Hugh Hefner’s death brought back for me a memory of Playboy which may surprise those who think the Hef’s creation triggered a sexual revolution squarely for heterosexuals: it awakened me as a Dyke/Lesbian woman and opened up a world of information about sex, ideas and culture — and how to tie a necktie. It also saved my life.
The only periodicals I remember my parents subscribing to were Guideposts, which offered “True Stories of Hope and Inspiration” and — from about October 1993 to about October 1995 — my stepdad had Playboy “Entertainment for Men”. I had known about Playboy but by the summer of 1995 I would wait until my parents left the house to go rope cows, run barrels, or head into town, to tuck in to the magazine in secret — as it was the most interesting.
A babysitter of mine often had to mind the liquor store she and her husband ran. Inside I would try like all the other kids to get a peak of the Playboys on the shelf. Getting a glimpse of the female form, and men in sharp suits with slicked hair put me in a swoon. The smell of chilled cardboard and beer can still bring back Herb Ritts‘ images of Cindy Crawford in 1988.
The December 94′ Playboy with Bo Derek emerging like water goddess Coventina got me into the kind of trouble that changed the direction of my life. What should have been an innocent rite of passage for an American adolescent, stuffing a Playboy snuck from a father’s closet became the start of a few years of a living hell.
Most red-blooded American parents might have sat their son down and had a firm discussion about what was appropriate sexually for a fourteen-year-old. I, however, was a fourteen-year-old girl — a bookish baby dyke.
Into the burning barrel
I held stoic on that Father’s Day in June of 1999 when the parents said they would rather have me on drugs than be a dyke since they thought they could fix a drug problem. I cried that night when Bo Derek ended up in the burning barrel which also consumed the words of Betty Friedan, Kurt Vonnegut, and Ray Bradbury and reviews of Chet Baker, Nina Simone, and Willie Nelson. Even then it felt like a fascist act.
It also felt like censorship of my mind, body, spirit. It was the first night I sat in the bathtub nine days shy of my fifteenth birthday with a Star S.A. 9 mm pistol to my head.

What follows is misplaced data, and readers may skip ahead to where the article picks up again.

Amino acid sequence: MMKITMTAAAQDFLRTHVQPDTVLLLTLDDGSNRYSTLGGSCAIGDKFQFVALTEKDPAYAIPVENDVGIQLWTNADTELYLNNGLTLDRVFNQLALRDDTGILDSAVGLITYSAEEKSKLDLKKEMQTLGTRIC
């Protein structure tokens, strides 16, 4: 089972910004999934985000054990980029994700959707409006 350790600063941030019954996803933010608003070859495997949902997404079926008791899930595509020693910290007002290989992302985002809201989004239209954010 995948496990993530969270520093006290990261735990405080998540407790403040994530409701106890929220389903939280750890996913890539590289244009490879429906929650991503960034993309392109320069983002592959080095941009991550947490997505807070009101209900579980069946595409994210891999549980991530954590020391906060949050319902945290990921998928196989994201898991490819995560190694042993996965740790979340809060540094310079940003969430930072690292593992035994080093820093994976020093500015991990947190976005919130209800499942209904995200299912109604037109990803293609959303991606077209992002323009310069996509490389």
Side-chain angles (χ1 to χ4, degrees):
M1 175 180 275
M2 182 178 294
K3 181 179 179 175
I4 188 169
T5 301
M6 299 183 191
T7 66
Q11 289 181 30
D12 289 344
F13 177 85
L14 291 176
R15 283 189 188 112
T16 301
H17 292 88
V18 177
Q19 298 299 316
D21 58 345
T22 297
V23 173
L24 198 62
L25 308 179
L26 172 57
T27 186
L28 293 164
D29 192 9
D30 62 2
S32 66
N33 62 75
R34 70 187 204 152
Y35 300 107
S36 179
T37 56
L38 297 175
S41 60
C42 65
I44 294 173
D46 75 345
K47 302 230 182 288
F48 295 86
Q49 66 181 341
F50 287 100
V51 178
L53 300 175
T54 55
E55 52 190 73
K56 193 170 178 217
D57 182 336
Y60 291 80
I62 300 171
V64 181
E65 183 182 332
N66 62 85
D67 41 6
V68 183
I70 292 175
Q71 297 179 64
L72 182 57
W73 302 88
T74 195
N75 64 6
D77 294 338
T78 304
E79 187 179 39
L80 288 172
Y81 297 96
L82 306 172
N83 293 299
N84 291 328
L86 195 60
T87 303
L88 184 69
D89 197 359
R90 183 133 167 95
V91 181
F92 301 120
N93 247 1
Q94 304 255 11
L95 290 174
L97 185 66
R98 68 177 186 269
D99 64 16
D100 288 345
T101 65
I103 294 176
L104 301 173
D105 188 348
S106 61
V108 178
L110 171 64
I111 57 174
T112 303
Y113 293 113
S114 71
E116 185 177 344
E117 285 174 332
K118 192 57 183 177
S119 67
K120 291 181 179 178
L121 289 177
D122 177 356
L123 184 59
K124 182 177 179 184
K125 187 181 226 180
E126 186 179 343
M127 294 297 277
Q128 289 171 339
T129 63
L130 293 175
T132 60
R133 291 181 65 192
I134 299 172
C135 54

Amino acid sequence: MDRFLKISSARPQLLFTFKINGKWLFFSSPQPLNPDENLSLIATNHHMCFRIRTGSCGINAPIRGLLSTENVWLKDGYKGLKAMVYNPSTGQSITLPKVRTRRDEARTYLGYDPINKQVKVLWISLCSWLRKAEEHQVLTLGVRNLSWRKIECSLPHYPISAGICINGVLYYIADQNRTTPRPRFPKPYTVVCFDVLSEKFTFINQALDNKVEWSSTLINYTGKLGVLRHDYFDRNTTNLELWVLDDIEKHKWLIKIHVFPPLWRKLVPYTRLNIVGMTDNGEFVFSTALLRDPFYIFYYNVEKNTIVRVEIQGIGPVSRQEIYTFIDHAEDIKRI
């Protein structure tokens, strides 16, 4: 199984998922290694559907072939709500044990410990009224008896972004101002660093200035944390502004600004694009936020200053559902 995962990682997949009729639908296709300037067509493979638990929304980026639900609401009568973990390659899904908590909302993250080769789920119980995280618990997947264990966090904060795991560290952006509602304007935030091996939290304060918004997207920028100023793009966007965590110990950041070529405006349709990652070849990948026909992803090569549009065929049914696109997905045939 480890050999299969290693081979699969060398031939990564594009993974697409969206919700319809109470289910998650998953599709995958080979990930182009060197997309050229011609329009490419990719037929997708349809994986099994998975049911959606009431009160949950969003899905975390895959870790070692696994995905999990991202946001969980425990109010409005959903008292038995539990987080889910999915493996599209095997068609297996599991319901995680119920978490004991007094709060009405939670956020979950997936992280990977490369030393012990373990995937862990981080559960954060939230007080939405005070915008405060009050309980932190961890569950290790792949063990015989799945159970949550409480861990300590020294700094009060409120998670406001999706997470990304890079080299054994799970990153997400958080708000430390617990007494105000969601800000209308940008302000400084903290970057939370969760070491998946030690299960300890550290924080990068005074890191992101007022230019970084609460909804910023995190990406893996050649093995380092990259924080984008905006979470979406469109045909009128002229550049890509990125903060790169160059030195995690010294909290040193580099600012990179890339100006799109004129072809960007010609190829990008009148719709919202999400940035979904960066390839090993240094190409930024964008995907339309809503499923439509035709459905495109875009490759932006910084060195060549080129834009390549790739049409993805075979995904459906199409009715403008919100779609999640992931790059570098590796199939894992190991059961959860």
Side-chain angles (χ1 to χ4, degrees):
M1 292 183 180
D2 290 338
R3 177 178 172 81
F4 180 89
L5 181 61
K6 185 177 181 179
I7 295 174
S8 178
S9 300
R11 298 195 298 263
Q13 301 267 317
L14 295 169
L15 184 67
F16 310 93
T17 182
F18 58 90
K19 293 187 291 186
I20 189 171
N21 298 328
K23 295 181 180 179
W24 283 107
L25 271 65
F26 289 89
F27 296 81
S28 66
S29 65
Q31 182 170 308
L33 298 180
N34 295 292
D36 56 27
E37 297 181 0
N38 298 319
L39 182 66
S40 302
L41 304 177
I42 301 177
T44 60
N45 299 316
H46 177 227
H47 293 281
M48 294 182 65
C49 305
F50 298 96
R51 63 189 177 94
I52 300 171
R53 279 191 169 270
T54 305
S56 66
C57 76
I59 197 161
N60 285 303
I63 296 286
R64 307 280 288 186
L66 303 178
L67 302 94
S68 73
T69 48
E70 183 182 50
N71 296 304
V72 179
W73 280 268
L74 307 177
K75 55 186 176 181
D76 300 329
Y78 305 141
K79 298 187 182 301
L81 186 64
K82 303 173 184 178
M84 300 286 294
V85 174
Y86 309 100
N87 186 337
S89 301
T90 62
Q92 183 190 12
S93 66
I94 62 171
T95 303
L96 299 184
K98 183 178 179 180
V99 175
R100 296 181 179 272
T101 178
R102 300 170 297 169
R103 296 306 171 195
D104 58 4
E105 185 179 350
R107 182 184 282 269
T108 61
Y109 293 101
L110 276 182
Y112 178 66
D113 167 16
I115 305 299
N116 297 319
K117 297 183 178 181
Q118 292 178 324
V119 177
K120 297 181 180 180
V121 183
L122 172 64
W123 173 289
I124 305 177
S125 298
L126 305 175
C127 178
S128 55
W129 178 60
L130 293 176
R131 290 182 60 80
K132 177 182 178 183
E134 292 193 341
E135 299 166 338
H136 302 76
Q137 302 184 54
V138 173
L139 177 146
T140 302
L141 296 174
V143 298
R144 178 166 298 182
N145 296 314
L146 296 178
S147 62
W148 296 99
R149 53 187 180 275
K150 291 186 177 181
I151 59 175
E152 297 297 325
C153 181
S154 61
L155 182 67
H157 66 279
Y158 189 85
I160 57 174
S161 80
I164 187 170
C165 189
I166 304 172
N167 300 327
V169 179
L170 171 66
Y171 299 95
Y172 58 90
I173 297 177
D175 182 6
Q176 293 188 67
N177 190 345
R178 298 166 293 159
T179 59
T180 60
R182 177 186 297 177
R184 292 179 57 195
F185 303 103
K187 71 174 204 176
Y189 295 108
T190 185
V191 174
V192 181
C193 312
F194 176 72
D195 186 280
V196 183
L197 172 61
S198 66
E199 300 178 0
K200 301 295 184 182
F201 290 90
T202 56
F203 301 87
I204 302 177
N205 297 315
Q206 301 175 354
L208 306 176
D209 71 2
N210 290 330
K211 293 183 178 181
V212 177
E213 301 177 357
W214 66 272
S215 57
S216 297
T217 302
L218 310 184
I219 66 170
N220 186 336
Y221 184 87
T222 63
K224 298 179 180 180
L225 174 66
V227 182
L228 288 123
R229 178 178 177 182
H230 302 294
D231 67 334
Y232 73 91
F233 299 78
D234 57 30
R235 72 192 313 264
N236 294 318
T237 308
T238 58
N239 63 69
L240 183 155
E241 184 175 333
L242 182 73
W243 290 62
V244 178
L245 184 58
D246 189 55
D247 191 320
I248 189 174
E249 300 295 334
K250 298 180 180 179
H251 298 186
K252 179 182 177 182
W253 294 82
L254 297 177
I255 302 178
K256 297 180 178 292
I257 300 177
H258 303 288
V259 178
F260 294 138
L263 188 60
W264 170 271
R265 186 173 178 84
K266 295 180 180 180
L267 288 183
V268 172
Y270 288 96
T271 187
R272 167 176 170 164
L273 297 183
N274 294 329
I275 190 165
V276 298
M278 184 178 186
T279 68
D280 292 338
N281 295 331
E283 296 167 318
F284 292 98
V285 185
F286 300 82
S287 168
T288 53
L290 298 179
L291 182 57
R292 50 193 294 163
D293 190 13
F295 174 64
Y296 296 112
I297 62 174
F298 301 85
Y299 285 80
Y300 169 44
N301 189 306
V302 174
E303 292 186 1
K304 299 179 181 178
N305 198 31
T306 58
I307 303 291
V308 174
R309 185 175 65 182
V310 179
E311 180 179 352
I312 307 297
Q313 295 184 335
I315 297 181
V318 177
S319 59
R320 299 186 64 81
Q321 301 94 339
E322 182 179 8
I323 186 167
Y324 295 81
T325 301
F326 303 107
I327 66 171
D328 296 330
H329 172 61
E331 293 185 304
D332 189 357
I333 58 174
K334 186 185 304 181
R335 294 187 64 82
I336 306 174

Those Playboys were more than an outlet for what my parents saw as sinful and carnal lust. Those Playboys were a catalyst for my curiosity. Playboy was my first glimpse of the sort of elegant life that an independent-thinking woman might achieve. The women in the pages were proud of their bodies, had ambitions, careers, opinions, and rich lives. Playboy was where I learned the term “family planning”, read conversations about consent, about LGBT people not being abominations, climate change, free speech, the proper names of human anatomy, contraception, feminism.
It also told me how to be a gracious host.
It’s where I learned that sexuality is also fun, and not something that I heard every grown woman in my life call “boring, gross, and really not that great.”
Playboy is where I came to understand that males could converse in sentences longer than two words and that women have a right to expect excellence from the men in their lives to be more human. I can genuinely say this Playboy-derived thinking helped me cultivate strong and caring friendships with many men.
Thanks for the education Hugh
What I learned from Playboy, early in life, is that every person has a right to the practice “good intimacy” and that having a vocabulary for sexuality is not only freedom, it is an extension of discernment in all areas of life. Playboy taught me as a woman and as a dyke that informed choices can be made on the way to becoming a well-rounded person.
Playboy was a lynchpin, where my political, aesthetic, sexual, and cultural consciousness was raised in the informational and cultural high desert that was pre-internet late 90s rural Arizona. It was all I had to view the world through beside the Merck Veterinary Manual, the sanitized inspiration of Norman Vincent Peale, PBS, and a highly misunderstood and poorly translated Bible.
I owe a debt to Hugh Hefner for some of the freedom I have granted to my psyche to be who I am. Not to mention his support of family planning, marriage equality, fights against censorship, and choices in great writing. I also owe much to his no-bullshit information on how to tie-ties, buy cuff-links, open a bottle of wine, the value of a good hi-fi system, table manners, hygiene, consent, and the need to keep room in your life for interesting people in interesting times.
Mostly, I owe Hefner my continued aspiration to be a well-rounded gentlewoman of the world.